the Rajasthan High Court Last week it was discovered that the NCTE notice was restricting eligibility to teach primary level students, thereby allowing B.Ed holders to appear for REET Level I. [Rajasthan Eligibility Examination for Teacher] is illegal.
That puts the bank of Chief Justice Akil Kureshi and Justice Sudesh Bansal also overturned his previously issued injunctions, which allowed the petitioners to put B.Ed. the grade that should appear in the REET.
The matter in brief
In essence, in 2018 the NCTE (National Council for Teacher Education) issued a notice that the B.Ed. Under certain conditions, graduates were admitted to the position of primary school teacher for level III (level 1) (classes I to V).
NCTE had also directed that B.Ed graduates who pass the REET must complete a 6 month bridging course within 2 years of their appointment as teachers. This was stipulated in addition to other qualifications already prescribed in the decision of 23.08.2010 in the currently valid version.
In essence, MHRD has written to the NCTE instructing the NCTE to change qualifications and B.Ed. also the right to teach at the primary level with the proviso that the module must be passed within two years of starting the service.
The government of Rajasthan believed that such a change in qualification was unconstitutional and could not be imposed on the state by the Union government through the NCTE.
This advertisement did not recognize B.Ed graduates as eligible to take the exam and only gave BSTC candidates permission to appear for the exam and therefore was challenged by B.Ed candidates in the High Court.
This NCTE notice has also been challenged in the Rajasthan High Court. At the same time, a challenge was also set to first admit B.Ed graduates to the REET level.
Order and observations of the court
Analyze Section 23 (2) of the Law on the Right to Education, the Court found that the central government has the power to relax the qualifications required for the appointment of teachers if a state does not have a sufficient number of institutions offering courses or training for teacher education or teachers with minimum qualifications.
In this regard, the Court took into account the fact that the central government has not started collecting data on the number of vacancies versus the number of eligible applicants in order to exercise its powers under Section 23 subsection (2) of the RTE Act.
However, the Union of India did not consider that the skills relaxation powers were exercised by the central government under Section 23 Subsection (2) of the RTE Act. It was asserted that the power under Section 23 subsection (1) of the RTE Act was exercised by the central government.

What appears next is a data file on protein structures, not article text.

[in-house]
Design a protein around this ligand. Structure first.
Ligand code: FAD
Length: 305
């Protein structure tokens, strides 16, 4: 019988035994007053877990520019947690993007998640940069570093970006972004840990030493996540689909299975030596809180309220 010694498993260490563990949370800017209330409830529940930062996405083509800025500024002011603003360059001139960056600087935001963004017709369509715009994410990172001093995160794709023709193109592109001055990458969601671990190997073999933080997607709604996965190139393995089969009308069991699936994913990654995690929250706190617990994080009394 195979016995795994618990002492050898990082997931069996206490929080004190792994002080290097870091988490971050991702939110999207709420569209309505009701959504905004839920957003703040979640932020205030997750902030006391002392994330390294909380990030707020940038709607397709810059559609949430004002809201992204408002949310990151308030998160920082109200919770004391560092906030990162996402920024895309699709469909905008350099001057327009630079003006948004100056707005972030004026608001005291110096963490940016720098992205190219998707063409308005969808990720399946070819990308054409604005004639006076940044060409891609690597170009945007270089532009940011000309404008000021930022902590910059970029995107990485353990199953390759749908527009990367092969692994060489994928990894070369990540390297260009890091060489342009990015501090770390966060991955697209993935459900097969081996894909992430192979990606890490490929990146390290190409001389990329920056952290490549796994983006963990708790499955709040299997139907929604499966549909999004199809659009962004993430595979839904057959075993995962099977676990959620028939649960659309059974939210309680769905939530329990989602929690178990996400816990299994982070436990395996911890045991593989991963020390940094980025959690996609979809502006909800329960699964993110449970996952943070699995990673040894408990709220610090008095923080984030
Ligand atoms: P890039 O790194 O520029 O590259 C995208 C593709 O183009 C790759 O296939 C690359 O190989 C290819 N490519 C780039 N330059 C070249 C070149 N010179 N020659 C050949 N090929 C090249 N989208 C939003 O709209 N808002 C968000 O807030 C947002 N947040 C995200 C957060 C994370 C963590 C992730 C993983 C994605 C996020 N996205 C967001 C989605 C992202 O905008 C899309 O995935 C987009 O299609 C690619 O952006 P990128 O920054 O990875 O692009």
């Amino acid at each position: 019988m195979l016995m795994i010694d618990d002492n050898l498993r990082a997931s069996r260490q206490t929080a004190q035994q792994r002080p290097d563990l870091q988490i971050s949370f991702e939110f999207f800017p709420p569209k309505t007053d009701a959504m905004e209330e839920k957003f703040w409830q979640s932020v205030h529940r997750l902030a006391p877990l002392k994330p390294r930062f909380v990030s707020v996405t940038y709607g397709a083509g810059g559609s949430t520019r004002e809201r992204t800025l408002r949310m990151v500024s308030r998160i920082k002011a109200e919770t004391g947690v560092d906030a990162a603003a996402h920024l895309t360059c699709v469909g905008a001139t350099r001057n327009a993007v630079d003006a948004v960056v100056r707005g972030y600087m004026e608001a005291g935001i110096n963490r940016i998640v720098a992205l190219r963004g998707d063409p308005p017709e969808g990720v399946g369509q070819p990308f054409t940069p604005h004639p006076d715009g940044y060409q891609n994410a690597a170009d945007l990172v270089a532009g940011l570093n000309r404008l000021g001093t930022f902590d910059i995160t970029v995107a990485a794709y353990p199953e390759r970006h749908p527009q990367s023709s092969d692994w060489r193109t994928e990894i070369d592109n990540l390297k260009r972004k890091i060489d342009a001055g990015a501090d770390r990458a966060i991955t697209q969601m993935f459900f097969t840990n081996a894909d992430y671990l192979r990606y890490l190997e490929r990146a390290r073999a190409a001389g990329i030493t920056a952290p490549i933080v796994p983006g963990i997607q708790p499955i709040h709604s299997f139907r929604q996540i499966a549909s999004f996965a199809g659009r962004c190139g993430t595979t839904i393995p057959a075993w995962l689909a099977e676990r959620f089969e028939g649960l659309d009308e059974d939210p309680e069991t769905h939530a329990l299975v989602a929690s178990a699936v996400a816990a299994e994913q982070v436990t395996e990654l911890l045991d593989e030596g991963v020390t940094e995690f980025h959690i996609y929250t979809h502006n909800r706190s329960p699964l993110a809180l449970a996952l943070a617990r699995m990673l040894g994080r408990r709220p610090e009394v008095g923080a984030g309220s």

Therefore, when analyzing paragraph 1, the Court found that the power of the central government to issue guidelines under section 35 (1) of the RTE Act does not extend to the NCTE as the academic authority designated under paragraph 1 (1) of section 23 of the RTE law.
Noting that the NCTE must not be guided or bound by an instruction of the central government in determining the minimum qualifications for the appointment of teachers, the Court took the following view:
“… the central government cannot trace the source of the authority to issue such instructions to the NCTE when exercising its powers pursuant to Section 23 subsection (1) of the RTE Act. The powers of the NCTE to determine regulations on the minimum qualifications for the appointment of teachers can be found primarily in Section 23 subsection (1). In exercising these powers, the NCTE is Not to be guided or bound by an instruction from the central government. We do not find any such powers that central government has under the RTE Act. The HRD Ministry could therefore not have asked the NCTE to carry out the changes in question. “
In fact, the court found that the NCTE believed that B.Ed. can be recognized as a substitute qualification within the meaning of the KVS if a sufficient number of otherwise qualified applicants is missing.
“The HRD Ministry overruled this NCTE opinion and ordered that B.Ed. can be recognized as an additional qualification for all schools. This was clearly beyond the power of the central government“Added the court.
The court also found that B.Ed. in itself is not a sufficient educational qualification and only for this reason the MHRD wanted and the NCTE introduced the requirement of passing the bridging course.
Under these circumstances, the court found that the complaint from the NCTE of June 28, 2018, was illegal as it was under the direction of the central government, although the Union had no power to do so under Section 23 (1) of the RTE Act.
The court also found that this did not apply to the exercise of the powers of the central government pursuant to Section 23 Para.
“Admission of a candidate with B.Ed. Degree as qualified to practice and then to complete the bridging degree within two years of the appointment, has the character of a relaxation of the existing entry requirements, which the central government only in the context of § 23 paragraph on the existence of circumstances that are necessary for the exercise of this authority required are, “The court concluded with the instruction that the petitioners who appeared in REET as part of the interim order of this court may not be processed further.
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